Most Kenyans still do not understand how the ‘new’ bicameral legislature works or how and what to hold their leaders accountable for at county and national level. So who is to blame?
According to the Institute for Education in Democracy, voter education is the responsibility of the government and the civil society.
“The key challenge in this electoral cycle has been the availability of funding and time to implement VE activities,” IED head of communications Elayne Okaya said.
“Donor budgets have dwindled significantly, sometimes by more than 50 per cent. This, of course, has a trickle-down effect on how much can be done to educate voters on electoral processes, the role of the legislature and their leaders.”
To yield any gainful results, she said, requires long-term voter education, running for an entire five years.
Okaya said the IEBC has made valiant efforts under the circumstances, but voter education has been scant where it is most needed.
“Their voter educators are deployed in every ward but in most cases, they have been unable to hold VE activities independently. They have been forced to piggy-back on community activities such as barazas and civil society events to facilitate the dissemination of their messaging,” she said.
Okaya said recent changes to electoral laws have brought a new demographic of voters — prisoners. This requires a special and comprehensive initiative, particularly by the IEBC, to take voter and civic education to prisons (if this has happened, our observers are not aware of it, she said).
“This is critical. If prisoners are to come into the electorate fold, they should still be able to make informed decisions and without duress,” she said. She urged all players to take the difficulties faced as a lessons learnt and called for a start of voter education for 2020.
IEBC voter education and partnership director Rasi Masudi said the commission has been conducting voter education but on a low scale, which is why it might have escaped media and public attention.
However, starting next week, they will roll out massive voter education campaigns targeting both urban and rural voters as the country edges closer to the elections.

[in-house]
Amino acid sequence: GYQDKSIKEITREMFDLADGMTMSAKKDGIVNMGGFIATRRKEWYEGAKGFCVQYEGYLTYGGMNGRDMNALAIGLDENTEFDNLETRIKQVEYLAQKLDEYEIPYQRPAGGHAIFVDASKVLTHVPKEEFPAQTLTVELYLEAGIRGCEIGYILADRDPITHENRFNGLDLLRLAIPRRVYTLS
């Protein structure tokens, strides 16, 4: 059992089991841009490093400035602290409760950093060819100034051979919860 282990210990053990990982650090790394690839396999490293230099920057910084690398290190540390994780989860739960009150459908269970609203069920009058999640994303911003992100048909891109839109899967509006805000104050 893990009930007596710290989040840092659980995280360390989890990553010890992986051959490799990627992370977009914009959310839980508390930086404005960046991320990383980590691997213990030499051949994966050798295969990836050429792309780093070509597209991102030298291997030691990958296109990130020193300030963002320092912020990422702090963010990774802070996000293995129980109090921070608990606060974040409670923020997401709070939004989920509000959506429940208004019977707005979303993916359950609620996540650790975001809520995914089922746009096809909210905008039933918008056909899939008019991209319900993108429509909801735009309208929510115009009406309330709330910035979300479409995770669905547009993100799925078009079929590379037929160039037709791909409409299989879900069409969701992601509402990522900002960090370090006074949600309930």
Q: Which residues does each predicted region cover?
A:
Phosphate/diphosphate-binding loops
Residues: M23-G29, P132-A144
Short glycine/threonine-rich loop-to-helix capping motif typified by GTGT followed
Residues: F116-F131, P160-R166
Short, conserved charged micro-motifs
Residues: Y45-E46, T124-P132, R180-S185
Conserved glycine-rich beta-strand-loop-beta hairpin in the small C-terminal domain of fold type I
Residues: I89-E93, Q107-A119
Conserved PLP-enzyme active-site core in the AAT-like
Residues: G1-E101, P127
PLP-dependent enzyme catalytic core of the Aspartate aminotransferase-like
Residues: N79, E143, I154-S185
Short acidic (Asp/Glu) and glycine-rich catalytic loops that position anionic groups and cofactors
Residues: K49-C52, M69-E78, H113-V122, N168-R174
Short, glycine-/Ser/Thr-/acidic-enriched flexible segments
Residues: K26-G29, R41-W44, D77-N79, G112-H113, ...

“We couldn’t mount these campaigns early as it was expected because the electoral laws have kept on changing. For instance at the moment, we can’t produce voter education on technology because it keeps mutating. The reason there have been delays is because we want to be certain that all issues around laws and processes are thrashed out,” he said.
Masudi said already, they have media strategies that will use infomercials in print media, radio and TV documentaries, talk shows, and social media engagement. These will be rolled out starting next week to educate the public on elective seats and their mandates, the technology to be used, voting processes and post-voting activities.
He said they have deployed 3,237 voter educators around the country (2,900 one in each ward, 290 for constituencies and 47 at counties).“Together with another over 200 accredited voter education partners or providers, we are going to use various community forums, chief barazas and even parents’ meetings to conduct voter education,” he said.
He said education on voter registration, verifications and party primary-nominations (in which they didn’t fully participate) had ended. The next phase will include education on date of election and what a voter is expected to carry to the polling station.
“We will be telling voters to carry either the ID or passport that was used to register as voters, and we no longer need a voter’s card or an acknowledgement script,” he said.
Then voters will be taught on elective positions, agreed technology on voter identification and result transmission. Towards the end of the voter education period, we will concentrate on ballot education.
“We will be doing trials and demos on how to mark the ballots and explain what goes on after the closure of polling stations, to try and demystify past mysteries that have surrounded tallying of results,” he said.
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